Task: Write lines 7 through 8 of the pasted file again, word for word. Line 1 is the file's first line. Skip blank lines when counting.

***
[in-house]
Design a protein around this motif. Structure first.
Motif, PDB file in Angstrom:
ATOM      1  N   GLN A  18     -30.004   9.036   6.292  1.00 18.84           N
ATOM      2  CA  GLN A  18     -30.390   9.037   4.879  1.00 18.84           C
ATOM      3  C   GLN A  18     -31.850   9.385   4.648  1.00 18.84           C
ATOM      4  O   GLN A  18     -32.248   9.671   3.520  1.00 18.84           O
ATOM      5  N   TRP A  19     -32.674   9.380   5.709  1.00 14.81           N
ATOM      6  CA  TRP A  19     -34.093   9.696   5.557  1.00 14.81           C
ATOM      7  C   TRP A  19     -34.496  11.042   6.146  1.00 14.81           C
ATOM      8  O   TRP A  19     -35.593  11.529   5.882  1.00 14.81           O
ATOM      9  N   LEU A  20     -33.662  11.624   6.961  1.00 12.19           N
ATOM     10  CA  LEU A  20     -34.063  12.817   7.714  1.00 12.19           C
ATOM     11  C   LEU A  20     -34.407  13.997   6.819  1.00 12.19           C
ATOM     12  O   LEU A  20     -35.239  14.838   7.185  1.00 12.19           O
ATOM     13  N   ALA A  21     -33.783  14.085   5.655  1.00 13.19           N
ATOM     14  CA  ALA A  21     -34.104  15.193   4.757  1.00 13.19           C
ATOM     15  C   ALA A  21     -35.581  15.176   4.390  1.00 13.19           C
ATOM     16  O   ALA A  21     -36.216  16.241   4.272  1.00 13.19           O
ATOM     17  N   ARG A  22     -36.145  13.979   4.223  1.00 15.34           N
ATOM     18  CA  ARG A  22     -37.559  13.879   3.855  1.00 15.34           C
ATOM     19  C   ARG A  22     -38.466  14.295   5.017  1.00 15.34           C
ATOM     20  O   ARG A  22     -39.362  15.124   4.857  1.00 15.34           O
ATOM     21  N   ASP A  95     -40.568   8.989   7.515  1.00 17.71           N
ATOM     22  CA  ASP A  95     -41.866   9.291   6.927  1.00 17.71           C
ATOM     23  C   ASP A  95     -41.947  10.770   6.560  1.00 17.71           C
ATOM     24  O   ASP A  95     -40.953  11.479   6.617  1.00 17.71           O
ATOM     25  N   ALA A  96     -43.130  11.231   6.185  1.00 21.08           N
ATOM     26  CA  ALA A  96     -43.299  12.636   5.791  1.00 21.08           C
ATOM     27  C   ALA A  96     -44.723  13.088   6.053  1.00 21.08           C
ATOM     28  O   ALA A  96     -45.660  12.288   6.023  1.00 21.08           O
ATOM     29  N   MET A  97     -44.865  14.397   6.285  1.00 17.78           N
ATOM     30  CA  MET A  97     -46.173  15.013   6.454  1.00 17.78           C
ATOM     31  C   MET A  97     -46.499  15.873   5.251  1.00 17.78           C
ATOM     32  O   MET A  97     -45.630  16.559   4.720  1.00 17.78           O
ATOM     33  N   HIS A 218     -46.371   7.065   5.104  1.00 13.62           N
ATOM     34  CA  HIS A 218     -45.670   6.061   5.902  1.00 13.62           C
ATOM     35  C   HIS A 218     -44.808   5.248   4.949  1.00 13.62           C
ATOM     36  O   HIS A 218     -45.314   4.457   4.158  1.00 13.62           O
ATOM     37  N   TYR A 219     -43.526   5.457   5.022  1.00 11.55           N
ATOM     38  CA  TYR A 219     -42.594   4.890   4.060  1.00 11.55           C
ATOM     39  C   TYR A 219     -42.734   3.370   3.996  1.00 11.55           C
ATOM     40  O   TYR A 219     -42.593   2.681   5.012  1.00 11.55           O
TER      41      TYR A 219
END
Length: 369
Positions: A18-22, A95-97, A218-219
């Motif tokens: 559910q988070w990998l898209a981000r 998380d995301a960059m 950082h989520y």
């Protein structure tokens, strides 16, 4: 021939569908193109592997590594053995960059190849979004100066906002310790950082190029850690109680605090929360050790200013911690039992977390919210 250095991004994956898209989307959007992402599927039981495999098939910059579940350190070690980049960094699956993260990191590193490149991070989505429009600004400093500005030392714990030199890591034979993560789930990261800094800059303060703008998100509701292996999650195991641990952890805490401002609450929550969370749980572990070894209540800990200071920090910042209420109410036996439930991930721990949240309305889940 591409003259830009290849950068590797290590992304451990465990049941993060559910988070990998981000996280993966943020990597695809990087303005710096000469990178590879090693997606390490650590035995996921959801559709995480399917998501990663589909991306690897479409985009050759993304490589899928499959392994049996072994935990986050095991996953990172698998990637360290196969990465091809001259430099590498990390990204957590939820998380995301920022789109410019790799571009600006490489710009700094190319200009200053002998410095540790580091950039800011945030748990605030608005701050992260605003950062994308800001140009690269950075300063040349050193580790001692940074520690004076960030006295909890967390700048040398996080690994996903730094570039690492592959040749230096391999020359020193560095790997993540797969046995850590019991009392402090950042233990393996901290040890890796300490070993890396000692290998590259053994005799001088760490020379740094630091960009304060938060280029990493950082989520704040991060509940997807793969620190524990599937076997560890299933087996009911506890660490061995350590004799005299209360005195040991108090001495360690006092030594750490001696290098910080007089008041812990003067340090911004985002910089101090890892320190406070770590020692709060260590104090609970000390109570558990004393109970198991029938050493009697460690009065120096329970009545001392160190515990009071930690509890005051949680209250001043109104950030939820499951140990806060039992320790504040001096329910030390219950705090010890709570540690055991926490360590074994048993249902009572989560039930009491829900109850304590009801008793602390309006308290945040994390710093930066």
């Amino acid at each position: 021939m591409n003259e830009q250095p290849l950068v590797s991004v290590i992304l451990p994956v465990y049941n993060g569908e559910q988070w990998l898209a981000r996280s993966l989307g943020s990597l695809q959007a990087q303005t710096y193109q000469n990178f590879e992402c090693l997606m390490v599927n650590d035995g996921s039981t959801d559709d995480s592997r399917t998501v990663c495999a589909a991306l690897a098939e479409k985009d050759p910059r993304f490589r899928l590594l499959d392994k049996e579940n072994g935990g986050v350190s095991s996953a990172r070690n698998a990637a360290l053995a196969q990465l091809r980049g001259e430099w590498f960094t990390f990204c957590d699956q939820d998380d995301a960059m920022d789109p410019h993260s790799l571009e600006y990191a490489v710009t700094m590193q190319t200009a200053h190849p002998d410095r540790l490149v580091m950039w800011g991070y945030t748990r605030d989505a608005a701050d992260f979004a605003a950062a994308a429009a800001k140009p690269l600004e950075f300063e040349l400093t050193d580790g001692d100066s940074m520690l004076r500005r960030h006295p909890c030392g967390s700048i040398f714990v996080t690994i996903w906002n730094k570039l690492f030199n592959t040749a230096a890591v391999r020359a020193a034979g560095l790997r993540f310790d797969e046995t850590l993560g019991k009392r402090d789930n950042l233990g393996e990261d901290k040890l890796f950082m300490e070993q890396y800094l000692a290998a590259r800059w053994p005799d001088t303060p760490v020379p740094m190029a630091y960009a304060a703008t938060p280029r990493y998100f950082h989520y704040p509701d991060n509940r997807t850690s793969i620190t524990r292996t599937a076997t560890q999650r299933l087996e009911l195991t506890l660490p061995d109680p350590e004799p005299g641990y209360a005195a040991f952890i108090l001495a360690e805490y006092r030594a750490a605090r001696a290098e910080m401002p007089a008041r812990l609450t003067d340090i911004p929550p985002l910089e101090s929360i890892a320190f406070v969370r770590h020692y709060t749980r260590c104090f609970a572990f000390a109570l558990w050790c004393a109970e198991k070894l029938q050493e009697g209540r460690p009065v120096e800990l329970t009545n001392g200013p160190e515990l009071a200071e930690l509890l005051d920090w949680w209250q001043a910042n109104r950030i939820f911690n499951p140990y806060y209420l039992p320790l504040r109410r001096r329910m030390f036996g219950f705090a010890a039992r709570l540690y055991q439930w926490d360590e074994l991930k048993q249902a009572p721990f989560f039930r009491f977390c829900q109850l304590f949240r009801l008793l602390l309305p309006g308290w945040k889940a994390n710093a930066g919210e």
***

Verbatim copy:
ATOM      4  O   GLN A  18     -32.248   9.671   3.520  1.00 18.84           O
ATOM      5  N   TRP A  19     -32.674   9.380   5.709  1.00 14.81           N